WEDNESDAY, MARCH 7: It has been just over six months since Quincy Burgess and his family moved to Kenya to help local communities learn about sustainable farming.
And already the fruits of the Bermudian beekeepers’ labours are beginning to reap great rewards for his neighbours.
Mr Burgess, his wife Joanne, and their two young sons Yeshai and Zahari, travelled to East Africa in August last year to set up a new home in Nairobi.
In his first few months in Kenya he visited refugee camps and local farming settlements in a bid to teach them how to make the best use of their resources at their disposal.
And since then he has branched out to help children in a nearby orphanage suffering from HIV.
Mr Burgess told the Sun: “Not a day goes by that I am not surprised by the overwhelming encouragement we receive and the progress that we are making.
“We have started a fund to raise money for a local student so he can take his Bachelor of Arts in Community Development.
“I have also helped monitor the introduction of low chill blueberry cultivars from the US to help local small holder farmers.
“After a year the cultivars will be released to farmers in suitable growing areas as a means to increase earning potential, expand and diversify the local market with the potential of the export market.
“This is an exciting new initiative brought about through a partnership with a US grower.”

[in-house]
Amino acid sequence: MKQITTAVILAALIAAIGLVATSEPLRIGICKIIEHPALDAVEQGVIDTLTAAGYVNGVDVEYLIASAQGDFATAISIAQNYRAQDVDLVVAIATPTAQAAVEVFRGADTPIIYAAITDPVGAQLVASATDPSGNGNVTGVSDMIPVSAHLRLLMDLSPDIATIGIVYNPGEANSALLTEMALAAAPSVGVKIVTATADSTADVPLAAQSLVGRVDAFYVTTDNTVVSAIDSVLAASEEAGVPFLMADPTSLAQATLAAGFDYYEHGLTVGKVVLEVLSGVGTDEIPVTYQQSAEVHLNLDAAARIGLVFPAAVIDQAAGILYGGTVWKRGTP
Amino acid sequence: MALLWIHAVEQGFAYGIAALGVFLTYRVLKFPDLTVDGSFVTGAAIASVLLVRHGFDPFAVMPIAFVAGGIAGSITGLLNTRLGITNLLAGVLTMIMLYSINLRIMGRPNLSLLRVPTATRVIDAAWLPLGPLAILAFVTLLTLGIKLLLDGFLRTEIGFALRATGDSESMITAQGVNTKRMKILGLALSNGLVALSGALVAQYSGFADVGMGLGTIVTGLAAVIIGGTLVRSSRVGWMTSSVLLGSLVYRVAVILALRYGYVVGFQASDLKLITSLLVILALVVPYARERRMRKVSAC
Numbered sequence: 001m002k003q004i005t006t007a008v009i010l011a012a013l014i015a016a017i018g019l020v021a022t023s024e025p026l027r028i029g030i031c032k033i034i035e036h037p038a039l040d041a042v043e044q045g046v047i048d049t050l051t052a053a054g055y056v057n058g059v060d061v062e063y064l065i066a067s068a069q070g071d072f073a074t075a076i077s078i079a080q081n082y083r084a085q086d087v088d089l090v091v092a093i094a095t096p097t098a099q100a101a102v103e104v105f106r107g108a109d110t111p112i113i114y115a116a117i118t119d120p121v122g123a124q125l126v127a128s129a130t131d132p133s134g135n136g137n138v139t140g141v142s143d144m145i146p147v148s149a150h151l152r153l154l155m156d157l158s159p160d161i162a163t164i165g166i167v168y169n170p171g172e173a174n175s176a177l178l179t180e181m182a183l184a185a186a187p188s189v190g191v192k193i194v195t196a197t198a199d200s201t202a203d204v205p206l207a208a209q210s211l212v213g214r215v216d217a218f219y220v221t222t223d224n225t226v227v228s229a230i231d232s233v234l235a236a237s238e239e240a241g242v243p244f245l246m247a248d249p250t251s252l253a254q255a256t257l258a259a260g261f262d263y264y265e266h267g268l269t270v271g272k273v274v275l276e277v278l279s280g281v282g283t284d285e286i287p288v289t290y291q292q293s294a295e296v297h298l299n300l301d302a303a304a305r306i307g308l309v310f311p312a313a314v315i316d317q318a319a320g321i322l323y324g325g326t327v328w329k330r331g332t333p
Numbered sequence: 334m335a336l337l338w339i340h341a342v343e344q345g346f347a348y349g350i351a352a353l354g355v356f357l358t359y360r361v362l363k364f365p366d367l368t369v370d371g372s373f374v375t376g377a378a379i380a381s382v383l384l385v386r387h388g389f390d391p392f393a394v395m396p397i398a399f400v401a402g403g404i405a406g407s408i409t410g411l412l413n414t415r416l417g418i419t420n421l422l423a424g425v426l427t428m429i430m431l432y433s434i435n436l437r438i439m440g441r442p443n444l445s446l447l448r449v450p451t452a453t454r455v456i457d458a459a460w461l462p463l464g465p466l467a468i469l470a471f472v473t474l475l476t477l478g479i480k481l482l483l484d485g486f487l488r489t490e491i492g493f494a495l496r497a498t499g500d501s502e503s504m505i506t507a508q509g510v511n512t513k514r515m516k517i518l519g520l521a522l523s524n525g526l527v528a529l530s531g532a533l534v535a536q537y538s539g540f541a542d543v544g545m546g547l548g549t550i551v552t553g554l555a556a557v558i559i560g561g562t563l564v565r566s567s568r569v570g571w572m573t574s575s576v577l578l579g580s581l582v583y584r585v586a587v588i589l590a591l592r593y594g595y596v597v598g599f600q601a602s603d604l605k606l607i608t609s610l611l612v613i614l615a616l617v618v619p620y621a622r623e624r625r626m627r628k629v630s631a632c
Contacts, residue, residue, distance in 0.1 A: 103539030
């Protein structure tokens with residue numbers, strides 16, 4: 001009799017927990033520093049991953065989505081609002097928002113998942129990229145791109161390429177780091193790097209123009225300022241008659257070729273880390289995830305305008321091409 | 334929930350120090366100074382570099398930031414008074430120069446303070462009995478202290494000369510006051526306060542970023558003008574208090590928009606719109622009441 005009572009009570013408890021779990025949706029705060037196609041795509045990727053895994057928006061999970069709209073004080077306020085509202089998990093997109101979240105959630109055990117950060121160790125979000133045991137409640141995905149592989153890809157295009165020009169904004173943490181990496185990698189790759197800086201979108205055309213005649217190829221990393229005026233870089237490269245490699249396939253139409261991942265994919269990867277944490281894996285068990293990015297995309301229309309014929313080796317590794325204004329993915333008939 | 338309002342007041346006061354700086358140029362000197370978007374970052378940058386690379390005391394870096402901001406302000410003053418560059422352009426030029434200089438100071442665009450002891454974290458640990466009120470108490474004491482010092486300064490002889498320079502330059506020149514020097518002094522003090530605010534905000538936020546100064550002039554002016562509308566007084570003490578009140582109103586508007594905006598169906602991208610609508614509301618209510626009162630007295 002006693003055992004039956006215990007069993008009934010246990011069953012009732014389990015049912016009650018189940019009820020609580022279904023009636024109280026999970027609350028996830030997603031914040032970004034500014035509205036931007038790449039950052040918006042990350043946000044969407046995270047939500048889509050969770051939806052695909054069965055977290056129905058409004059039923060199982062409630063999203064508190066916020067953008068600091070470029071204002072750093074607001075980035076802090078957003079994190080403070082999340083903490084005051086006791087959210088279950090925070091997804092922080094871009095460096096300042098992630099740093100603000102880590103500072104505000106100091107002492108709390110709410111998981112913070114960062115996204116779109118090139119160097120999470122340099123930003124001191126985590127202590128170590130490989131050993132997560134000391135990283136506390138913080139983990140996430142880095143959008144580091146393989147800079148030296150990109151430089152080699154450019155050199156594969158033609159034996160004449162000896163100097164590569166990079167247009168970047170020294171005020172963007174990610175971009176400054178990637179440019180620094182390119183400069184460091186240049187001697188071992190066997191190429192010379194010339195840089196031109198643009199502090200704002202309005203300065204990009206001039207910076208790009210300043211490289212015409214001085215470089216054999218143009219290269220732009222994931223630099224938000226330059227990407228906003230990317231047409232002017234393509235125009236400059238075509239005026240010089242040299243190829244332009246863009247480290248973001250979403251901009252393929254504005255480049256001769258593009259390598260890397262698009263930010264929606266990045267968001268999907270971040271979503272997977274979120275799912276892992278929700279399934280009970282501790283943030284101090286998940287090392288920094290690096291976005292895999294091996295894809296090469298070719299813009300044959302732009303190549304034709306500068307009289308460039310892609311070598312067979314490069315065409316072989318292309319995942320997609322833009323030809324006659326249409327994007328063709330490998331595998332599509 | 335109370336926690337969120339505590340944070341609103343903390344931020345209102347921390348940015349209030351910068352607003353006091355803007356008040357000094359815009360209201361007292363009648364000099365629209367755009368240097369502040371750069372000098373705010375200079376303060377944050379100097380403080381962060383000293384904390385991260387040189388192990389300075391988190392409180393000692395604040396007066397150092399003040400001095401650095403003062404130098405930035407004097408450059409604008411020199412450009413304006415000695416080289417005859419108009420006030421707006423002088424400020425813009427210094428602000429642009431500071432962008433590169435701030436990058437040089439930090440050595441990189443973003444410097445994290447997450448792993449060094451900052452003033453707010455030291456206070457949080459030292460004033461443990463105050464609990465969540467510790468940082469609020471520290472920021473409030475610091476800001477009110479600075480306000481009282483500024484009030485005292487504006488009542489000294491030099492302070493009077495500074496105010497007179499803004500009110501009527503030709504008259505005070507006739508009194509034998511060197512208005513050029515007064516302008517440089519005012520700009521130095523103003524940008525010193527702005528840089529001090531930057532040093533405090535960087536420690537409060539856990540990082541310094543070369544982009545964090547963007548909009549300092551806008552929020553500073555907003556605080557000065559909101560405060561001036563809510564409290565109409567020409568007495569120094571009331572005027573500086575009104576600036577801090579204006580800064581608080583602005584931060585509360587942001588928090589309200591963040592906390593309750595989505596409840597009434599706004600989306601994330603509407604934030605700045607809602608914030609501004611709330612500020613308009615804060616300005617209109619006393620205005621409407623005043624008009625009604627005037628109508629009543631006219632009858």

Plans are also being put in place to build the first greenhouse in Nguluni to provide food for an orphanage of HIV children.
Mr Burgess said: “The revenue from sales will help to expand the present clinic to a hospital.It is the goal that a subsequent greenhouse will be erected in a year creating increased self sufficiency and lessening dependency.
“The goal is to plant 100 guava, mango, avocado, jack fruit and other plants.”
Mr Burgess gained a Masters Degree in Plant Sciences while he and his wife lived in Israel between 2003 and 2006.
The couple then returned to Bermuda in 2006 and he worked for the Department of Parks as trainee superintendent of horticulture.
He also divided his time with beekeeping.
Since arriving in Africa the 30-year-old has put his skills to good use, speaking to schools and community groups about the importance of sustainable development.
He has also introduced a queen bee-rearing project to the area, which has expanded to Limuru.
Mr Burgess added: “Next month I plan on continuing the greenhouse project in Nguluni and also expanding it to another identical project in Garissa, where there is also a school.
“Last week I was planting fruit trees as apart of the ‘Honeystix for Sustainability’ idea. This means that for every $10 worth of Honeystix sold, one fruit tree is planted.
“I have a stand set up at the peoples’ market for this as well.”